Thanks, It's one to follow for sure. Like I said in my original post it seems ingenious but looks like all the kinks weren't worked out. Can you tell us if you plan to continue to use them after the trial period, or will we just have to watch the for sale forum and watch for you to post an extractor for sale?
Yes it looks very interesting wondering if you have to buy the whole hive or is it frames? Looking forward to more information coming soon!
That's how most people think honey is made any way. Just run out and turn on a valve.
>Thanks, It's one to follow for sure. Like I said in my original post it seems ingenious but looks like all the kinks weren't worked out.
Well, as I see it, the kinks are worked out, although they keep trying to improve things.
I thought it was impossible when I first saw it. I actually wondered if it was a spoof or if it was real. But after seeing how it works and watching them do one frame in the open live on skype while I could see the entire frame and talk to them and after they sent me a box worth of them to test, I can assure you it works. My test of it so far is too small and over too short of a time to be sure what I think of it in practice, but I can't imagine that I'm going to find too many disadvantages. My issue now is, I'm not sure how I will manage my hives using them as it changes several things I have always done. First, I run all eight frame mediums and these are deeps, so I'll have to buy some deeps (which I already did). Second, it makes a hive much more static in size when you can empty the combs without even opening the hive really. No need to stack the supers up so high when you can just drain them periodically without having to clean up the extractor and all the equipment and the kitchen every time. Just draining it into a bucket eliminates all of that mess. The queen won't lay in them because they are too deep so you don't need an excluder (which I don't use, but some people do). You don't have to run the bees out to harvest so you eliminate all of that part of harvesting as well. In recent years I've had all the same size boxes and I try to leave them honey for winter. This may change my view of some of how I determine what to leave them since these are deeper combs and can't be used for brood I don't think I want them to cluster in them over winter. So I'll have to work out the details of how I will use them as far as when to put them on, take them off, drain them, how many mediums to have on below them etc. In other words, I'm pretty sure I'll be using them, it will just be too useful not to, but exactly how that impacts my total system I'm not really sure, until I've tried to work those details out.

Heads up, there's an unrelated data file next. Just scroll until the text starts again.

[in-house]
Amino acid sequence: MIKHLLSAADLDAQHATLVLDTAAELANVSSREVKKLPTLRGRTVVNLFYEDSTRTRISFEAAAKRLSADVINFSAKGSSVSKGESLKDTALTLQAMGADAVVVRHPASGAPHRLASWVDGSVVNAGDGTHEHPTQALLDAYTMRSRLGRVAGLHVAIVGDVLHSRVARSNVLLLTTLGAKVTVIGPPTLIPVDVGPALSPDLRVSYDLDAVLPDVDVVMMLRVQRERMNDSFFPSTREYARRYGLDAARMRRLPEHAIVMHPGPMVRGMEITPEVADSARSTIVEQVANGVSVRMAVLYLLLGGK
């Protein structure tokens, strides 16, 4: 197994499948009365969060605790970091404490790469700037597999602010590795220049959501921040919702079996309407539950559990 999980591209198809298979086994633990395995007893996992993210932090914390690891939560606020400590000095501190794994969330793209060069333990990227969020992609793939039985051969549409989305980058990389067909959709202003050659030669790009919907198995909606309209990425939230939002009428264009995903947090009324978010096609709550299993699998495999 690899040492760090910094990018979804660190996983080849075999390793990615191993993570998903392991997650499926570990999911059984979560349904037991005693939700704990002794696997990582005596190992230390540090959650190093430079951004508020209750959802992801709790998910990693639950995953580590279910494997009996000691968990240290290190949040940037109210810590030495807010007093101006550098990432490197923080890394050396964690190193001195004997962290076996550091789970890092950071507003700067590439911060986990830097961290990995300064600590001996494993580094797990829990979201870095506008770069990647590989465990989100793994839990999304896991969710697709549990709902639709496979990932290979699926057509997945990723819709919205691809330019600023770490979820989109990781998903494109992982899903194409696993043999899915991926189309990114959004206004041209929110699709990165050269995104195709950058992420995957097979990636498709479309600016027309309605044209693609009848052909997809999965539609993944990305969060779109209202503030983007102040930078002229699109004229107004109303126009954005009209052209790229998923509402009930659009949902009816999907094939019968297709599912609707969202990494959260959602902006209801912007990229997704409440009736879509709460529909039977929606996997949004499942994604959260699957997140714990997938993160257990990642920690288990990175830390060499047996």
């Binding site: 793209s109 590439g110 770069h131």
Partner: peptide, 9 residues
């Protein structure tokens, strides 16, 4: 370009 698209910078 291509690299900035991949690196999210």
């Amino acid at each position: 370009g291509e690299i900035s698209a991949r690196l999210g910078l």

When I first saw it I thought of this story from "Mastering the Art of Beekeeping" by Ormond and Harry Aebi:
" 'I want to buy one of your beehives' he said. 'I want you to bring it to me tomorrow at eleven in the morning and I want you to set it up on top of a ten foot pole that I'll have set up by that time. And I want you to come over every Thursday afternoon and drain out the honey so that I can have fresh honey every week.'... 'I can't place a beehive up on a pole like that,' I said. 'And even if I could, I couldn't work it to take off the honey.' 'Why not? I shall expect you to install a spigot at the bottom of the hive. All you'll have to do is open it and drain off the quantity of honey I require.' 'Beehives don't work that way,' I told him. 'I can't possibly do as you ask.'..."